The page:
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5.0 out of 5 stars I love this recording., 1 Feb. 2014
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This review is from: One Man Band (Bonus Tracks) (Audio CD)
I love this recording.
I have no words propably one of top 50 best soulalbum ever.
You must buy it,
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1 of 3 people found the following review helpful
4.0 out of 5 stars Getting Right Down To It, 17 Aug. 2013
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This review is from: One Man Band (Bonus Tracks) (Audio CD)
This is Ronnie Dyson's second album, from 1973, with SIX bonus non-album tracks. It's Motown-meets-Philly with a bit of Northern Soul, funk and disco chucked in for good measure! Supper club soul? Not a bit of it - the tunes are mostly superb, Ronnie's voice is both powerful and aching plus the arrangements, production and remastering are first class.

Things kick off with the title track, a US hit, written and produced by Philly stalwarts Thom Bell/Linda Creed. It's fantastically poignant - the tale of someone determined to always be on the outside looking in - and reminds you of a VERY superior Stylistics single. Then there's a wonderful cover of the Delfonics hit "Just Don't Want To Be Lonely", which has diametrically opposed lyrical sentiments to the title track!!

"Give Into Love" has an intriguing arrangement - at one point it sounds like an electronic harpsichord in the mix! Then there's his UK hit, "When You Get Right Down To It", an aching masterpiece. One of the best tracks is the enigmatically titled "A Wednesday In Your Garden", written by - of all people - The Guess Who's Randy Bachman! It's a tale of someone desperately trying to leave a failed relationship and Ronnie gives his all here, his tenor soaring to the heavens one minute and down in the depths of despair the next; there's some very dramatic orchestrations here!!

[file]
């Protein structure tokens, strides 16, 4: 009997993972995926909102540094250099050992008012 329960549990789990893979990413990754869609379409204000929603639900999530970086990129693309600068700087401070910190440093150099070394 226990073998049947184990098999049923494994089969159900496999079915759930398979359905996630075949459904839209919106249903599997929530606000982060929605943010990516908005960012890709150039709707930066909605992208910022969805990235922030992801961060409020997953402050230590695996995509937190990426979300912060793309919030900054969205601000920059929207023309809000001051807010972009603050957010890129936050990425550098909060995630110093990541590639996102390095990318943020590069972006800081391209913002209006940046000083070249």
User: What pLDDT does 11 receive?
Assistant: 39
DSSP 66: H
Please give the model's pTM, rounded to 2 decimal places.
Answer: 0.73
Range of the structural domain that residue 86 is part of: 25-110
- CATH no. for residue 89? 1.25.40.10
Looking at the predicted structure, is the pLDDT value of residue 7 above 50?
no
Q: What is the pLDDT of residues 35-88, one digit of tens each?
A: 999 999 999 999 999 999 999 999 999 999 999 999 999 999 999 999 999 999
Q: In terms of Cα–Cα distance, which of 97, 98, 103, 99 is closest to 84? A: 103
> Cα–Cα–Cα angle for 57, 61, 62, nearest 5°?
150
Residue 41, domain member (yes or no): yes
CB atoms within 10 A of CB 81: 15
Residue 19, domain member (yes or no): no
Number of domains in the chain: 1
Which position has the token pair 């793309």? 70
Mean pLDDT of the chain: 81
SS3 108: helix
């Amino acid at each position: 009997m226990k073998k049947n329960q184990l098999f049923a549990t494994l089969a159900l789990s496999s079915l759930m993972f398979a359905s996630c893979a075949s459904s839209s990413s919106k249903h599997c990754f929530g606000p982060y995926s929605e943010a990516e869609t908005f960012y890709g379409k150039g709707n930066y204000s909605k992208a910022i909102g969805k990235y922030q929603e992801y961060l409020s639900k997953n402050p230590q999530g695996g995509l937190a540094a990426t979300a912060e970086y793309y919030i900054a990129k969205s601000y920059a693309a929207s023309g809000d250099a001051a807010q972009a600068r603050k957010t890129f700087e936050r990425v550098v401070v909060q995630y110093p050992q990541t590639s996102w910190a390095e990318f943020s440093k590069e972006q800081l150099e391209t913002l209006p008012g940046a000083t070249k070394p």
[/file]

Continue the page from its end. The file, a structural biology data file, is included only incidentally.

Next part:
A cover of The Beatles' "Something" isn't that strange since The Fab Four always held a fascination for black American musicians. Sandie Shaw's "Girl Don't Come" though seems, at first, bizarre beyond belief! However, Ronnie acquits himself well on both tracks, with some particularly dramatic orchestral and piano flourishes on "Something".

Of the bonus tracks, the first two - "We Can Make It Last Forever" and "Just A Little Love From Me" - have Northern Soul written all over them; Jimmy Ruffin meets Harold Melvin and should have been big hits. There's a very nice, soaring ballad - "Life And Breath" - written by George Clinton, whilst "The Captain Of Your Soul" comes on all late-Temptations mixed with Diana Ross's "Surrender".

There are a couple of lesser tracks (for which I've docked one star) - "Lady In Red" is just disco by numbers, whilst Neil Sedaka's "The Love Of A Woman" has some great bossa nova(!) rhythms but not much of a tune.
Overall though this is a very worthwhile purchase.
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One Man Band (Bonus Tracks)
One Man Band (Bonus Tracks) by Ronnie Dyson (Audio CD - 2012)
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